by Casey Jaywork
- The Capitol Hill Times -
Proposition 1, which would have saved King County Metro from cutting a sixth of its service, failed last week because Seattleites didn’t bother to vote. Those of us who did vote overwhelmingly supported the initiative, and if we’d had the same participation rate as eastern voting districts, the measure would have passed. Now, we have one last chance. It’s too late for suburban commuters, but if we can shake our collective apathy, we can prevent cuts within Seattle.
Metro isn’t just the local public transit agency that serves Seattle and King County. It’s also the sole avenue for thousands of low-income workers to access their jobs, families, schools, and communities. It’s a tool for keeping thousands of extra cars off of our roads, thus cutting down on air pollution, traffic congestion and road maintenance costs. In an urban setting, it’s the only sane approach to transportation infrastructure.
Before 2000, a progressive vehicle tax funded about a third of Metro’s budget. That got axed by conservative activist and irresponsible-governance hobbyist Tim Eyman. Since then, Metro’s budget has primarily relied on state sales taxes. These regressive taxes don’t just burden the poorest Washingtonians, they’re also vulnerable to sudden changes in the economy, like the depression that we’ve been weathering since 2008. Metro has been working hard to stretch its budget farther, implementing a variety of cost-cutting measures that have saved it about $800 million in the past six years. But there’s only so much fat that you can cut before hitting bone, which is exactly what has happened to Metro over the past year. Faced with a $75 million shortfall, the agency now plans to cut 16 percent of its services.
It didn’t have to be this way. In June 2013, state senate republicans blocked efforts to grant King County the authority to self-tax in order to make up for Metro’s budget shortfall. To remedy the situation, King County went directly to the voters with an April ballot initiative. But Prop. 1, colloquially known as “Plan B”, which would have raised property taxes by a tenth of a percent and increased vehicle taxes for wealthy drivers, was rejected by King County voters (because Seattle didn’t bother to vote).
Now it’s too late to save transit services throughout the county. Metro plans balance its books by cutting its service by 550,000 service hours, starting in September 2014. Suburban commuters, particularly those who travel at night, will have to buy a car or find a new job, and anyone who uses roads – bus riders and automobile drivers alike – can look forward to a slower, more cramped, and more congested daily commute. As with any public service, the working poor will be hit the worst by these cuts.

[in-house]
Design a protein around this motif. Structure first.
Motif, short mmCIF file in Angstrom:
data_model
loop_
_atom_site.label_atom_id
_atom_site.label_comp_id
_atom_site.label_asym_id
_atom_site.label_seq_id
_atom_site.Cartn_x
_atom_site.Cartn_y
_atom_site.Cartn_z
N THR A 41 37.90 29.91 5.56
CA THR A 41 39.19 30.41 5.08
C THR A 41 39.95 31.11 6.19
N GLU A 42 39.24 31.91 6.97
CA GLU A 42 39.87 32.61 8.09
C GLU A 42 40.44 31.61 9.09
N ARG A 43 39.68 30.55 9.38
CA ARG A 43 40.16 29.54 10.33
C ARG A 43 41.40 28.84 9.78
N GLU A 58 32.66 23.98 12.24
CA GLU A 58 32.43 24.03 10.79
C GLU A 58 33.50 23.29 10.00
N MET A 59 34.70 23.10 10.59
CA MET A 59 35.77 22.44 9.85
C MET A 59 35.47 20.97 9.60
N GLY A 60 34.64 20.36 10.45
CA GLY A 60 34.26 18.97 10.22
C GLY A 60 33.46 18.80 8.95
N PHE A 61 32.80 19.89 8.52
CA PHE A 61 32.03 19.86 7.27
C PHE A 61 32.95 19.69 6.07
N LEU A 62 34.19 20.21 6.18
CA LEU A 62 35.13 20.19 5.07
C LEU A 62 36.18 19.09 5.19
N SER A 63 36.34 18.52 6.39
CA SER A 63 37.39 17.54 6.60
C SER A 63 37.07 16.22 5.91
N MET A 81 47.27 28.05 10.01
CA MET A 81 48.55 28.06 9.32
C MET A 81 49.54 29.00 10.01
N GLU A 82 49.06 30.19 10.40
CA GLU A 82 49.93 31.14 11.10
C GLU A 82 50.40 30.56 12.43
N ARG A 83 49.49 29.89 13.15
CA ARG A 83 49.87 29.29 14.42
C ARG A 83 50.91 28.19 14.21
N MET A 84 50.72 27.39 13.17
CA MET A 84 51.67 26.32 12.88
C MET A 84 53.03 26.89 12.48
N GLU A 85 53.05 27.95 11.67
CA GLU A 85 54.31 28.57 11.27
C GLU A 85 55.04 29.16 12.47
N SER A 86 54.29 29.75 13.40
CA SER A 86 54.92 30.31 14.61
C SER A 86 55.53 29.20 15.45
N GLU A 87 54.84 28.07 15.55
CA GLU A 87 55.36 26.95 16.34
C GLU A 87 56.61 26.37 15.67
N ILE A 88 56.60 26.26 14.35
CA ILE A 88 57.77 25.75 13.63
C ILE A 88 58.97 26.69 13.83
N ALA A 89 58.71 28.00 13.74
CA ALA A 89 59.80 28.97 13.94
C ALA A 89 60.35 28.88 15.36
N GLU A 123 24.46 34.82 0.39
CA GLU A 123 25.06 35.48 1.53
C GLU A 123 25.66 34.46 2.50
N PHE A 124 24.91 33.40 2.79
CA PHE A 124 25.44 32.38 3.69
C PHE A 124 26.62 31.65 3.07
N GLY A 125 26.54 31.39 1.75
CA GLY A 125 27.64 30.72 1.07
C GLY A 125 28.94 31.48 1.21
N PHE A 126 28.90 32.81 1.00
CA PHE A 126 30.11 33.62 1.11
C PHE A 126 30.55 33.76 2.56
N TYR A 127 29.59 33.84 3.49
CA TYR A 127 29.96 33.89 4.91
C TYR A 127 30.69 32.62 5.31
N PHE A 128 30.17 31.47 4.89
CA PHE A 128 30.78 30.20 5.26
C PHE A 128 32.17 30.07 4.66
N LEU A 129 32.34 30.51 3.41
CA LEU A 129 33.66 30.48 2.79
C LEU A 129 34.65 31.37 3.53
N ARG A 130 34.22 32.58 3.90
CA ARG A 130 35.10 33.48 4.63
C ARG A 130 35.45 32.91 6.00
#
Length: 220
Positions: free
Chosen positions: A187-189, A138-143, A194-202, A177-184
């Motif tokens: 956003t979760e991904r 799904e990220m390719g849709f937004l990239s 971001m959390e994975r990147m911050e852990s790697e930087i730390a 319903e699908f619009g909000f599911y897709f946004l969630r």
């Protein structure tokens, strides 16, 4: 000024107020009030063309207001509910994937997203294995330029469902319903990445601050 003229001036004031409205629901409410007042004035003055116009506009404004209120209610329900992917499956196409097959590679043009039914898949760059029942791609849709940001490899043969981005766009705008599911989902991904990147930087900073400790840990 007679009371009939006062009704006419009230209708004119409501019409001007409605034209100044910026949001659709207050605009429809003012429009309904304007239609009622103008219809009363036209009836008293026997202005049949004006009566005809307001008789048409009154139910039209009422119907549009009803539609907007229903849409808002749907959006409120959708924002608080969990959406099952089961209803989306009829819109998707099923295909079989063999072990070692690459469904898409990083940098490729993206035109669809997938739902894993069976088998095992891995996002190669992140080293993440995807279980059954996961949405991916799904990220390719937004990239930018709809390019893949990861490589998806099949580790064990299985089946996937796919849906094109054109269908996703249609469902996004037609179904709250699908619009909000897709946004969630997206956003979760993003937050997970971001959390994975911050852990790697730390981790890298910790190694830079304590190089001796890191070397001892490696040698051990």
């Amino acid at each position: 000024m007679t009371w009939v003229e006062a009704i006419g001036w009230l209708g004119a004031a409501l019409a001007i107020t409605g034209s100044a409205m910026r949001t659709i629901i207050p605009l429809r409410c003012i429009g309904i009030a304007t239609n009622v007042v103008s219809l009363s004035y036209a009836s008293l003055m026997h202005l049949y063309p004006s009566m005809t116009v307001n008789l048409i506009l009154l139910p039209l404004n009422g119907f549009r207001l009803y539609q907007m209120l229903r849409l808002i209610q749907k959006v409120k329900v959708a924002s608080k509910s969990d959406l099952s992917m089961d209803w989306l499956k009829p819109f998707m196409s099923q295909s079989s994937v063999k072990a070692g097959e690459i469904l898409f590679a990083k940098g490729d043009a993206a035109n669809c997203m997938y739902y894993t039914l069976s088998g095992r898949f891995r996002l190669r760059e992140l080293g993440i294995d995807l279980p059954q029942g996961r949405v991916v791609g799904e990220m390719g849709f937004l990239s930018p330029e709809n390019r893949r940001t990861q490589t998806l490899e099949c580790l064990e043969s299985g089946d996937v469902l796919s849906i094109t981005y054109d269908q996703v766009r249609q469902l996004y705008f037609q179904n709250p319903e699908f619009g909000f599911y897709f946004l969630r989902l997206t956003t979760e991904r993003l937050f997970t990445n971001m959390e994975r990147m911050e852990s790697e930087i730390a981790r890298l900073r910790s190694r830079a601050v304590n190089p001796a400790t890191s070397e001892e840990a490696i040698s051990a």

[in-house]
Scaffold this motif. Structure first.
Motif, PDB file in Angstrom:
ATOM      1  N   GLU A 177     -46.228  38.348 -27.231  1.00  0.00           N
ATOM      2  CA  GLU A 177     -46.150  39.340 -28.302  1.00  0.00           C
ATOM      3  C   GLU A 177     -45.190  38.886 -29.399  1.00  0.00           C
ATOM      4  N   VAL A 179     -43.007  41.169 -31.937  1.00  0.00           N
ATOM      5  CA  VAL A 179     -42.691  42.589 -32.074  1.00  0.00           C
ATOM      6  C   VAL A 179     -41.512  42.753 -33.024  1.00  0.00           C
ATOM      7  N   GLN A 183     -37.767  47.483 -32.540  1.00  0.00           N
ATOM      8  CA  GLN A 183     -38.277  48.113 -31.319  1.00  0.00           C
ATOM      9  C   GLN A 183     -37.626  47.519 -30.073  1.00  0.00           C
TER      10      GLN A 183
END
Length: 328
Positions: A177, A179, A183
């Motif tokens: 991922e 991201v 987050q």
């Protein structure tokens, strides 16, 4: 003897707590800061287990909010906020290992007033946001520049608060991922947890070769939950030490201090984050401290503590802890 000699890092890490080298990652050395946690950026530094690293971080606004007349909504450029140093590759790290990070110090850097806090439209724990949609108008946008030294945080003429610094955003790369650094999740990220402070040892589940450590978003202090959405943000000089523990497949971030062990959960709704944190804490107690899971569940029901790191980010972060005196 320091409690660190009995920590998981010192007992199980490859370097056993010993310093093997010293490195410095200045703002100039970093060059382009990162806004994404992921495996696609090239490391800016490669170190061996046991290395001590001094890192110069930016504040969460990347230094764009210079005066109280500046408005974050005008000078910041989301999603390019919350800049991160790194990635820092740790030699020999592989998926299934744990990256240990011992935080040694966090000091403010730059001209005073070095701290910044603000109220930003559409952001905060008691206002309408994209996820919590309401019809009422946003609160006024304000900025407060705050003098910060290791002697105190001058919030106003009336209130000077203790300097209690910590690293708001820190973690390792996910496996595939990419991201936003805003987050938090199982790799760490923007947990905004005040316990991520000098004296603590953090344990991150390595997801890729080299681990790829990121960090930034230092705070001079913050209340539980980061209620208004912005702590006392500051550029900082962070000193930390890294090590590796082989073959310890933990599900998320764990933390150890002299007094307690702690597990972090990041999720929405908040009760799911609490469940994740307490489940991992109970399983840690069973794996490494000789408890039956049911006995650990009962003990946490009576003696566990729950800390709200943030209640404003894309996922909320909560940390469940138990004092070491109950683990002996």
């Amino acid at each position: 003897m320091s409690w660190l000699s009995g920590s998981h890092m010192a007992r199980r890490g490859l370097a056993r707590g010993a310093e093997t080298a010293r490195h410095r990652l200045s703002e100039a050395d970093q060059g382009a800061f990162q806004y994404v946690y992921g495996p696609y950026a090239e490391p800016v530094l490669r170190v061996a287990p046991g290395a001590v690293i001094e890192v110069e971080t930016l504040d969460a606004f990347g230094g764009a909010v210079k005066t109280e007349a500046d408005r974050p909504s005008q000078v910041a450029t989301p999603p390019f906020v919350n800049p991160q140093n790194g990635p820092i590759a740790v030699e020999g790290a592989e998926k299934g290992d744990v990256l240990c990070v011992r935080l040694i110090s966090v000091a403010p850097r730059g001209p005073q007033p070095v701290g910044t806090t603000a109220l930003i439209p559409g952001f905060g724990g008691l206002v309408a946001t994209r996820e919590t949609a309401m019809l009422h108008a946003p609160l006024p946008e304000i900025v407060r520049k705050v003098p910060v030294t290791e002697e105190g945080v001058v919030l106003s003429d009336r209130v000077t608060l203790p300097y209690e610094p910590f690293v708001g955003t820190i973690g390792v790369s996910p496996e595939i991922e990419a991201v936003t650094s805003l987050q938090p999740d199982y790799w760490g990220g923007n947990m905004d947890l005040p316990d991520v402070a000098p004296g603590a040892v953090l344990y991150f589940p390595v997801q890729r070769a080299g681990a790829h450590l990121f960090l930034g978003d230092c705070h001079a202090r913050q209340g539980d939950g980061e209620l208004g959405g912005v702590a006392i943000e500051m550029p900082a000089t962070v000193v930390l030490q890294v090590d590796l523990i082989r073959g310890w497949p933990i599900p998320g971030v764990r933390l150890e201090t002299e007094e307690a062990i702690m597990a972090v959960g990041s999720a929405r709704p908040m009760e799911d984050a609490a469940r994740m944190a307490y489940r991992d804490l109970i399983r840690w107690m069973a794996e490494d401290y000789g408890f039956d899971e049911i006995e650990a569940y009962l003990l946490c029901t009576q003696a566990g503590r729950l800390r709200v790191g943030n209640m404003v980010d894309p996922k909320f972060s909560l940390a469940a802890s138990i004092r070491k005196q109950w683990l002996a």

But while it’s too late for the rest of the county, Seattle still has a chance to save its own transit. Days after the failure of Prop. 1, the advocacy group Friends of Transit filed an initiative for the November ballot that would “save bus service within Seattle city limits.” Dubbed “Plan C” by commentators, this Seattle initiative would raise city property taxes by 0.022 percent – not 22 percent; merely a fifth of a tenth of a percent. Seattle property values being what they are, FoT estimates that the tax increase would raise about $155 million by 2021. That’s enough money to fund an extra 250,000 service hours, and avert most of Seattle’s scheduled transit cuts.
On the one hand, it’s likely that Plan C will succeed with voters where Plan B failed. Despite widespread voter apathy within the city, Seattle residents who did vote overwhelming did so in support of Prop. 1, while those farther from the urban center were more likely to ditch bus funding. If Seattle votes for Plan C the way that it voted for Prop. 1, it will pass by a landslide. And, hopefully, the surprise of losing Prop. 1 and county-wide transit service will shock even more Seattleites into filling out their ballot come November.
On the other hand, Prop. 1 should have passed without trouble. But somehow we screwed it up. The biggest threat to Plan C is that voter apathy will again keep the vast majority of Seattle residents’ voices from being heard. To even get on the November ballot, pro-transit organizers have to gather over 20 thousand signatures, then, they’ll have to pound the pavement, making sure that the majority of Seattleites who want a strong transit system are also the majority in the polls.
Voter apathy, bad taxation, and legislative gridlock have brought Metro services to the brink of tragedy. Now the only thing that can save Seattle’s transit is civic engagement.
So there’s just one question: Are you on the bus?